[ 171 Pa. Super. Page 68]
be treated as one of law unless the facts and the inferences from them are free from doubt, if there is doubt as to either, the case is for the jury, and the verdict for the plaintiff is a finding that he was free from contributory negligence.
The cases cited by the defendant in support of its contention that the plaintiff was contributorily negligent as a matter of law are readily distinguishable from this case. In those cases the party whose negligence was judicially declared entered an intersection in virtually complete disregard of an obvious danger. In Williams v. Philadelphia T. & Laundry Co., 150 Pa. Super. 643, 29 A.2d 336, the collision occurred in a right-angle intersection. The plaintiff was proceeding north and the defendant's truck west. The plaintiff saw the defendant's truck approaching at a time when he could have stopped and permitted the truck to pass in front of him. Plaintiff chose, however, to enter the intersection because he thought he had the right of way. Under such circumstances we held the plaintiff contributorily negligent as a matter of law. Dixon v. Pentony, 116 Pa. Super. 443, 176 A. 782, 783, was a trespass case arising out of an automobile collision. Plaintiff was proceeding south toward a right-angle intersection and when she was 25 feet from it she heard at her left the noise of another car coming westbound at a high rate of speed. Although she was unable to see the approaching machine as her vision was obstructed by buildings on her left, she continued to drive toward the east-west street without looking for oncoming traffic at either the house line or the curb line. She drove 5 feet into the intersection, and for the first time looked to her left (east). Defendant's car, traveling at 55 to 60 miles an hour, struck her. We reversed a judgment for the plaintiff and entered judgment for the defendant, stating that the plaintiff had the duty in driving her car to 'exercise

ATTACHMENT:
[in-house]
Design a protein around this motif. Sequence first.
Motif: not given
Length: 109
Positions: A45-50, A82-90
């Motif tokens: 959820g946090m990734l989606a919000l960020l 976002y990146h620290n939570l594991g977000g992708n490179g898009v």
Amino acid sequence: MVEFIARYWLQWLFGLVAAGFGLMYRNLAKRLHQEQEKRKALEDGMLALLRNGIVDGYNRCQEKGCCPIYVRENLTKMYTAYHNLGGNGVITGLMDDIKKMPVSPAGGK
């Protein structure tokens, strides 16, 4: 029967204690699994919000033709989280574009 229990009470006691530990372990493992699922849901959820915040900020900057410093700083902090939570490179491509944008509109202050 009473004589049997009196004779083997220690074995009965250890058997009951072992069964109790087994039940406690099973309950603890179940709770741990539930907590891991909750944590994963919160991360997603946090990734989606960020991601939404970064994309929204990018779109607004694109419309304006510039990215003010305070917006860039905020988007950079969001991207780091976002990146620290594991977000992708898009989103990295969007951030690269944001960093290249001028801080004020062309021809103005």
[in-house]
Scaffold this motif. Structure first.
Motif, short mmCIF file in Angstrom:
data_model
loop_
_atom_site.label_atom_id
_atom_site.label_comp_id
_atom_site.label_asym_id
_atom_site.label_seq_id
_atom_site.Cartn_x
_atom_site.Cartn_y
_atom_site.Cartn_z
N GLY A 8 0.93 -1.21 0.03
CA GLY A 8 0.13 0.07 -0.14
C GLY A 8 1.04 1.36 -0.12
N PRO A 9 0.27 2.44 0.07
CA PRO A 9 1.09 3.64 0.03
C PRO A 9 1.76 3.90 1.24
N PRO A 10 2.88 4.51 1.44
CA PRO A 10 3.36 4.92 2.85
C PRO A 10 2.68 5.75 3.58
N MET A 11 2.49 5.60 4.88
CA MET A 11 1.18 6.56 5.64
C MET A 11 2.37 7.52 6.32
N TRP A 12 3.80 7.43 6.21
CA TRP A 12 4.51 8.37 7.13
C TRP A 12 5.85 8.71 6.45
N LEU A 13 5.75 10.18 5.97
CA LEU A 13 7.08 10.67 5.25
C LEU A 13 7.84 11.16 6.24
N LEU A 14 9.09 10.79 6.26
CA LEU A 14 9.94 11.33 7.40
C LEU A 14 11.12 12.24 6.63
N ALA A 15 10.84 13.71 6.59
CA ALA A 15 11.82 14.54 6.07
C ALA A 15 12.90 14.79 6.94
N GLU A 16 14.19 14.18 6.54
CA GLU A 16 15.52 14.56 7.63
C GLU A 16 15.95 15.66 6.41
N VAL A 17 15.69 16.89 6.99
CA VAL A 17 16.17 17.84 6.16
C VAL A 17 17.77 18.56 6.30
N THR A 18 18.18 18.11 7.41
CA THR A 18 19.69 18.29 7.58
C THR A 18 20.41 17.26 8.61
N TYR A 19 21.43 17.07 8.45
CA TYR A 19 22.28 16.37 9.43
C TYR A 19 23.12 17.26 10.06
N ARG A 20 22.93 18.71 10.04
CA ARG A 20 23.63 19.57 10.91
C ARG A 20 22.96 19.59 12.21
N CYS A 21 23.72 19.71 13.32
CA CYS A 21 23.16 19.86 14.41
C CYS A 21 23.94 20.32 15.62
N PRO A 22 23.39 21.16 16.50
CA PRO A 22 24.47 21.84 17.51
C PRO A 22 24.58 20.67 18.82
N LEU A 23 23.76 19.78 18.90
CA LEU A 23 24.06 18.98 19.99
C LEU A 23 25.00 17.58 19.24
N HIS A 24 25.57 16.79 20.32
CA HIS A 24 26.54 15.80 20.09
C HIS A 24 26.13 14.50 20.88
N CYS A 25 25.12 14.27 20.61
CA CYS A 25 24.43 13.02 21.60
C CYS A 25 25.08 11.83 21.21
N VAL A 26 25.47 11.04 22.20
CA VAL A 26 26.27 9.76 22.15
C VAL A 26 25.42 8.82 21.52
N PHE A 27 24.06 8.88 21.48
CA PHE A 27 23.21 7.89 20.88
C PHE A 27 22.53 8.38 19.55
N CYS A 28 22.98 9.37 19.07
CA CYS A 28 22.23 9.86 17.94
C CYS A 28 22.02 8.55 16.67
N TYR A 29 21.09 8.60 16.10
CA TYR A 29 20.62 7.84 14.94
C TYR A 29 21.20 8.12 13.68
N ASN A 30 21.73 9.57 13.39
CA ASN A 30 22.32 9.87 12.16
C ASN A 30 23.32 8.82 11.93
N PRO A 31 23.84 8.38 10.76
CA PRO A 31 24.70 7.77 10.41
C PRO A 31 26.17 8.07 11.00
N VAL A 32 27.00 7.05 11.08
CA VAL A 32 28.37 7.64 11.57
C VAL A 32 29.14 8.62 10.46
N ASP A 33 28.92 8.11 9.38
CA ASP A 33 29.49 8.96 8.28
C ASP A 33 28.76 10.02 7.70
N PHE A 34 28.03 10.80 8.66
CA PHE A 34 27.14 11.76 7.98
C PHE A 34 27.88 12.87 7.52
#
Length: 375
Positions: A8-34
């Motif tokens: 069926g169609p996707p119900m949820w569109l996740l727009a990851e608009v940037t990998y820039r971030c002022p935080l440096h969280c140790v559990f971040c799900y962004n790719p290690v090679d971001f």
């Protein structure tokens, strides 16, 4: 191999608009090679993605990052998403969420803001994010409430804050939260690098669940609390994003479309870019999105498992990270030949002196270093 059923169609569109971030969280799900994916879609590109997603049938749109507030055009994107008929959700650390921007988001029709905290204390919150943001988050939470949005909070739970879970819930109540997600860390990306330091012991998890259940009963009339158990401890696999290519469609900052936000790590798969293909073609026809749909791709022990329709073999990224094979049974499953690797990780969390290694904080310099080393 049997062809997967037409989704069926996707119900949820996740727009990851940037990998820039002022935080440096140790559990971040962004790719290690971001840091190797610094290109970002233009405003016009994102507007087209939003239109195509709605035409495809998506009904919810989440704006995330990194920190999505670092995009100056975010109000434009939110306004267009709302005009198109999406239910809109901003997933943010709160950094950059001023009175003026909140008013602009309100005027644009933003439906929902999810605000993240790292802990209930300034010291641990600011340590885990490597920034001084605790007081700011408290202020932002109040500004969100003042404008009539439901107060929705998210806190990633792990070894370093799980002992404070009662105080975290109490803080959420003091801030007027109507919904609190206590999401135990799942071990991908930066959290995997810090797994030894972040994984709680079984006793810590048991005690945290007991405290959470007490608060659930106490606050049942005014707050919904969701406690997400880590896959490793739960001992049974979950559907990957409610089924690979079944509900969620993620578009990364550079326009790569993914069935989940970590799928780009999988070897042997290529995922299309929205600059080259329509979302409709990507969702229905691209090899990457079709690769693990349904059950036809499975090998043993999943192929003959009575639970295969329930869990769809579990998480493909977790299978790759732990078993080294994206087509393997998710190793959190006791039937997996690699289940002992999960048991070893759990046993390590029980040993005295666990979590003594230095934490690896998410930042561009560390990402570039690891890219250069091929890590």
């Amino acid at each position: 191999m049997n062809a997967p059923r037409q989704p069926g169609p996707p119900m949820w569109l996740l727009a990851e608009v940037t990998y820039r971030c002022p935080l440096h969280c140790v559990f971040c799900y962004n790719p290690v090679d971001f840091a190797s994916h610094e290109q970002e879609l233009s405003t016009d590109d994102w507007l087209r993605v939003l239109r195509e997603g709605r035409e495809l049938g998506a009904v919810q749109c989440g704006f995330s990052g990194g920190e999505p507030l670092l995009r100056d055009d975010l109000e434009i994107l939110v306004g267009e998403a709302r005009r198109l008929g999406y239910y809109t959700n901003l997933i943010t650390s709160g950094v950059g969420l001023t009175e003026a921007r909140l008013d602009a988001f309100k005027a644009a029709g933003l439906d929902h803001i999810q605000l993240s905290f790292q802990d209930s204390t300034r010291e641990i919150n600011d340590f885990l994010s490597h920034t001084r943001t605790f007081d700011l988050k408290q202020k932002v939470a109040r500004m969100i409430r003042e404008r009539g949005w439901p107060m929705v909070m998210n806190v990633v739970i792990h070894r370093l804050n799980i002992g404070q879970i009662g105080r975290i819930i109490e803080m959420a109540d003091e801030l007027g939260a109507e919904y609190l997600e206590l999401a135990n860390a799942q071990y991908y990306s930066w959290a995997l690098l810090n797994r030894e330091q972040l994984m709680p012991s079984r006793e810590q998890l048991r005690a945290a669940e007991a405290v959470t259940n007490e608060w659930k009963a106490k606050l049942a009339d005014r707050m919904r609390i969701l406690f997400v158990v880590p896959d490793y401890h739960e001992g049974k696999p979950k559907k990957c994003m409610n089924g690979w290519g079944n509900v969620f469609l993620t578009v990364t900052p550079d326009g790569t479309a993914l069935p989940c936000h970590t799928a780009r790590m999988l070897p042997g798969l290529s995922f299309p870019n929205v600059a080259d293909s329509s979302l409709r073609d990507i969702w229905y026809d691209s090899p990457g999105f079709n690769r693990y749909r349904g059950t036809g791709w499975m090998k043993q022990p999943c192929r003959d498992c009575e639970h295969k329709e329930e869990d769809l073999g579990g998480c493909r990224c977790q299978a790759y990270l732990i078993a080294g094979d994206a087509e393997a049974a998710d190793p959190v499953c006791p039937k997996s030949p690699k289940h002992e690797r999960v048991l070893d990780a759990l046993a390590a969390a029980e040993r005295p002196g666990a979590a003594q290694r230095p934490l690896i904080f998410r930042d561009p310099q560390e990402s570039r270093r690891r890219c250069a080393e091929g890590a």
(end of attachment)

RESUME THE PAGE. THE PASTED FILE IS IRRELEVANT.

[ 171 Pa. Super. Page 69]
her senses' to prevent her own injury. If she had looked at the house line or the curb line, we said, she would have seen the defendant's car approaching. In Harnley v. Isaacman, 98 Pa. Super. 170, the plaintiff attempted to cross the intersection at a time when no reasonably prudent man would have been justified in believing it could be done. He was, of course, convicted of contributory negligence as a matter of law.
In this case, the jury was justified in finding that plaintiff looked to his right before he entered the intersection and that he did not observe the approach of defendant's bus because of the other bus which was stopped on Tenth Street. The jury could have found further that the plaintiff looked right again when his duty to do so arose, that is, when he neared the middle of Tenth Street. Plaintiff did at that time see the bus which was involved in the collision and, in view of the fact that he was stopped 2 or 3 feet short of the north-bound lane of Tenth Street, it could reasonably be found that the accident would not have occurred if defendant's bus had been in its proper lane. Plaintiff was not required to anticipate the negligence of the defendant's driver. Cf. Freedman v. Ziccardi, 151 Pa. Super. 159, 30 A.2d 172, and Kaiser Co. v. American Individual Laundry Co., 138 Pa. Super. 124, 10 A.2d 64.